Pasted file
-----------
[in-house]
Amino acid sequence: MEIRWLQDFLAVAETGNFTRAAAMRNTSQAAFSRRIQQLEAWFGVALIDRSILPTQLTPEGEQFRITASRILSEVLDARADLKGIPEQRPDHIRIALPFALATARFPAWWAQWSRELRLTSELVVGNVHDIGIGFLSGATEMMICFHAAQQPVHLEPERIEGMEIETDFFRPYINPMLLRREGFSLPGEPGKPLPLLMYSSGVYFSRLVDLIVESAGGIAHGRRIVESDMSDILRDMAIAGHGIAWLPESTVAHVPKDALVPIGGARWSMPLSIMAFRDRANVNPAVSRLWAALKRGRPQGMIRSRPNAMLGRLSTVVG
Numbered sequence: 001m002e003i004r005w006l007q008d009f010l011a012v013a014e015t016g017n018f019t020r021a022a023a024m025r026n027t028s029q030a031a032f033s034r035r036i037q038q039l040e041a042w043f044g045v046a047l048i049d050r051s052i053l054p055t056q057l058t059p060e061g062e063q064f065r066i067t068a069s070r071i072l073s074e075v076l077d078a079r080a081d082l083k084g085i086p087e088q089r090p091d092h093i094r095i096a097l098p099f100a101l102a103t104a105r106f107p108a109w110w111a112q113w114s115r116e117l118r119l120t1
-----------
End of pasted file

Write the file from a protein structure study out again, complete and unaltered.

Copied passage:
[in-house]
Amino acid sequence: MEIRWLQDFLAVAETGNFTRAAAMRNTSQAAFSRRIQQLEAWFGVALIDRSILPTQLTPEGEQFRITASRILSEVLDARADLKGIPEQRPDHIRIALPFALATARFPAWWAQWSRELRLTSELVVGNVHDIGIGFLSGATEMMICFHAAQQPVHLEPERIEGMEIETDFFRPYINPMLLRREGFSLPGEPGKPLPLLMYSSGVYFSRLVDLIVESAGGIAHGRRIVESDMSDILRDMAIAGHGIAWLPESTVAHVPKDALVPIGGARWSMPLSIMAFRDRANVNPAVSRLWAALKRGRPQGMIRSRPNAMLGRLSTVVG
Numbered sequence: 001m002e003i004r005w006l007q008d009f010l011a012v013a014e015t016g017n018f019t020r021a022a023a024m025r026n027t028s029q030a031a032f033s034r035r036i037q038q039l040e041a042w043f044g045v046a047l048i049d050r051s052i053l054p055t056q057l058t059p060e061g062e063q064f065r066i067t068a069s070r071i072l073s074e075v076l077d078a079r080a081d082l083k084g085i086p087e088q089r090p091d092h093i094r095i096a097l098p099f100a101l102a103t104a105r106f107p108a109w110w111a112q113w114s115r116e117l118r119l120t1